5 Tips to Detox From Summer Spending

<i>By the time summer ends, you may be left with a spending hangover.</i>
By the time summer ends, you may be left with a spending hangover.

By Melanie Lockert, Content Writer at Credit Karma

Lazy days on the beach, summer concerts, fun getaways and backyard barbecues are all hallmarks of summer. The season can be filled with fun activities, but by the time summer ends, you may be left with a spending hangover.

According to a 2014 online poll by eZonomics by ING, the majority of respondents said that summer is the most expensive season of the year.

One of the potential culprits? Travel. A 2016 report by American Express found that 80 percent of Americans planned on traveling this summer, spending an average of $941 per person.

So as you transition into fall, you may want to recover from summer spending with a financial cleanse.

What's a financial cleanse?

A financial cleanse is similar to a diet. After overindulging in too many sweet treats or fast food meals, you might reset your habits by eating healthy and working out.

Under a financial cleanse, you work toward replacing some of the spending habits that may have gotten out of hand in the summer with mindful spending and saving. Here are some tips to get started.

1. Look at your spending.

After overindulging in summer, it's crucial to look at your spending and see where the damage occurred. To do this, scroll through your bank account or credit card statements, and write down every purchase that may have caused you to go overboard.

You may start to see some interesting patterns. Maybe you went out to eat more than you thought, or all of those parking passes at the beach and $5 coffees added up. This exercise can show you where your money actually went and where to cut back.

"This will help you see where your money is going and pinpoint any 'money pits' - areas in your budget where you're spending too much," says Caroline Willard, executive vice president, markets and strategy, for CO-OP Financial Services.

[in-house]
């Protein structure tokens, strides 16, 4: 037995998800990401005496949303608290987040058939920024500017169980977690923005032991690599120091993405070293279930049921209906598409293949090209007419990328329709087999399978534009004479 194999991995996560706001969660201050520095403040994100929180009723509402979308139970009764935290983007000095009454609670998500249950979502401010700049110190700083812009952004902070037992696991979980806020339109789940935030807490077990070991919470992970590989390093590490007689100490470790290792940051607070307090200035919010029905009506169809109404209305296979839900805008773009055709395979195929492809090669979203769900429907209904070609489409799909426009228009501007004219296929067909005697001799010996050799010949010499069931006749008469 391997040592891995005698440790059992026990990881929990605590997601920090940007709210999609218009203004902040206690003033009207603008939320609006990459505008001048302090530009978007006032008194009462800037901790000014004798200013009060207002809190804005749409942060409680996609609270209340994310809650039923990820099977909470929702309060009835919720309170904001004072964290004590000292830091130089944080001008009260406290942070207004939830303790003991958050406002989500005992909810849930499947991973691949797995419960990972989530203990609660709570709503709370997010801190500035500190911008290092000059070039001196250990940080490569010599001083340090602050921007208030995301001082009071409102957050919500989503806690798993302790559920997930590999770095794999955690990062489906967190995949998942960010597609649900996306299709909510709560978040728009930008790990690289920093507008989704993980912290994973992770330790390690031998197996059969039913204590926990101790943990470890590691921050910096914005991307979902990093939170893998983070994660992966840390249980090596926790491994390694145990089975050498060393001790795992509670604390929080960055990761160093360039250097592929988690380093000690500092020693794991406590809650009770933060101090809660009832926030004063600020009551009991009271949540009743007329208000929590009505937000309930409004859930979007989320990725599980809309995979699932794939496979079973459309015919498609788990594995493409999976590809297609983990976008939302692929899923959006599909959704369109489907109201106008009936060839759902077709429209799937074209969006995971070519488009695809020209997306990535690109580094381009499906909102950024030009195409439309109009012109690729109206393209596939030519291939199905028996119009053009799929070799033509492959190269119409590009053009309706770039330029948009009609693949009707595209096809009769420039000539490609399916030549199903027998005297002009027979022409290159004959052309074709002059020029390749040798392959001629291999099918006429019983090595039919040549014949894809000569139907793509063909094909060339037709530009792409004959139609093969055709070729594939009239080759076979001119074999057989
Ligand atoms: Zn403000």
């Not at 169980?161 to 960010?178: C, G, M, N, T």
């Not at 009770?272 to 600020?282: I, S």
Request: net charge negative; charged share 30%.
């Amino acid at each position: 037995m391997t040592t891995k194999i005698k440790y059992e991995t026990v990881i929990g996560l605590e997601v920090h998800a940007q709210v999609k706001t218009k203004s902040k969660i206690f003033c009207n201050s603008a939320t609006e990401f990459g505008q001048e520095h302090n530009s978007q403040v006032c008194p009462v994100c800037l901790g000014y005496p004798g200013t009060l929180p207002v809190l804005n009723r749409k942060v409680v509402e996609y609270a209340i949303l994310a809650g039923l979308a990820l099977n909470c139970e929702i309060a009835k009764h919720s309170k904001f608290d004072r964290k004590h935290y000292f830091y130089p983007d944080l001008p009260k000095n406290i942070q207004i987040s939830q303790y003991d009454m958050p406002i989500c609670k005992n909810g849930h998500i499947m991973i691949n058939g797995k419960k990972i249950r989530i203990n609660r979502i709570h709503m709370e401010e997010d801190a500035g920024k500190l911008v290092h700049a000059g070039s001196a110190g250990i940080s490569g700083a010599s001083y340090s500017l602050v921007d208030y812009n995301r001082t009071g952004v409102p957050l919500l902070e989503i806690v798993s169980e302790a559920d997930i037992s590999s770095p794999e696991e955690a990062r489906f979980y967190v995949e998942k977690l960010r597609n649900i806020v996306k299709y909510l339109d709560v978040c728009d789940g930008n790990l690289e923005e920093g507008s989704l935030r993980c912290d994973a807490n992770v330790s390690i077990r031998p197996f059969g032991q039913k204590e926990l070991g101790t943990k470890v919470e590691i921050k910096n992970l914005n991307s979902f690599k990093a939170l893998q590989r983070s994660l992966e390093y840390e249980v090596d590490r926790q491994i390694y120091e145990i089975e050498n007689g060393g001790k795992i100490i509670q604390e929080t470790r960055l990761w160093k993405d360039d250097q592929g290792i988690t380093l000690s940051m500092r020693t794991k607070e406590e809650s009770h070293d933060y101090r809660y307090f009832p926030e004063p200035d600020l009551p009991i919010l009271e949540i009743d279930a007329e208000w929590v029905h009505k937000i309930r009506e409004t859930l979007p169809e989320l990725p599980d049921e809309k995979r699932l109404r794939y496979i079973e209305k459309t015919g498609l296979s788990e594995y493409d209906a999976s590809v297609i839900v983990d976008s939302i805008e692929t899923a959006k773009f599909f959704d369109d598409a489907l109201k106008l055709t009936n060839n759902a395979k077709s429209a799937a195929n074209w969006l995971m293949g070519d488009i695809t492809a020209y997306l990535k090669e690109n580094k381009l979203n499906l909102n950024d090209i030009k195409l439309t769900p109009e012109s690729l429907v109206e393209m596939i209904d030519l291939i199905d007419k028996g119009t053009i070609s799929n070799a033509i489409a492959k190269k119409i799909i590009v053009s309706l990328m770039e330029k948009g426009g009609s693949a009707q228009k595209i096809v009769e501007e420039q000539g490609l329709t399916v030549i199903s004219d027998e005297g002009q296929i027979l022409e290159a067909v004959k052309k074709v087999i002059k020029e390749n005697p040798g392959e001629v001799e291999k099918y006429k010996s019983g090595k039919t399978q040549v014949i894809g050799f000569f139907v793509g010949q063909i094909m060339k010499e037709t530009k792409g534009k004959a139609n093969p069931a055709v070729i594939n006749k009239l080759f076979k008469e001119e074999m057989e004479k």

Luckily, there are budgeting tools such as Mint.com and Credit Karma's MySpending tool that can make tracking your expenses easy.

Using these tools, you can see your primary spending categories and get a snapshot of your financial picture.

2. Go on a 'fiscal fast'.

After getting into the habit of spending money, it can be much easier to keep opening your wallet as it's your new norm. In order to put the brakes on excessive spending, Willard recommends going on a "fiscal fast."

Willard defines a fiscal fast as when you stop spending money for a set period of time, such as a week. "This forces you to make do with items you already have in your home. You can turn it into a group event, where you do it with your family, friends or co-workers."

To ensure success, prepare by getting enough groceries and toiletries to tide you over, and find ways to frugally replace the things you were spending money on.

For example, if frequent happy hours were a budget-buster for you, get some affordable wine to tide you over until your no-spending fiscal fast ends. If restaurants were the culprit, look up new recipes to try at home.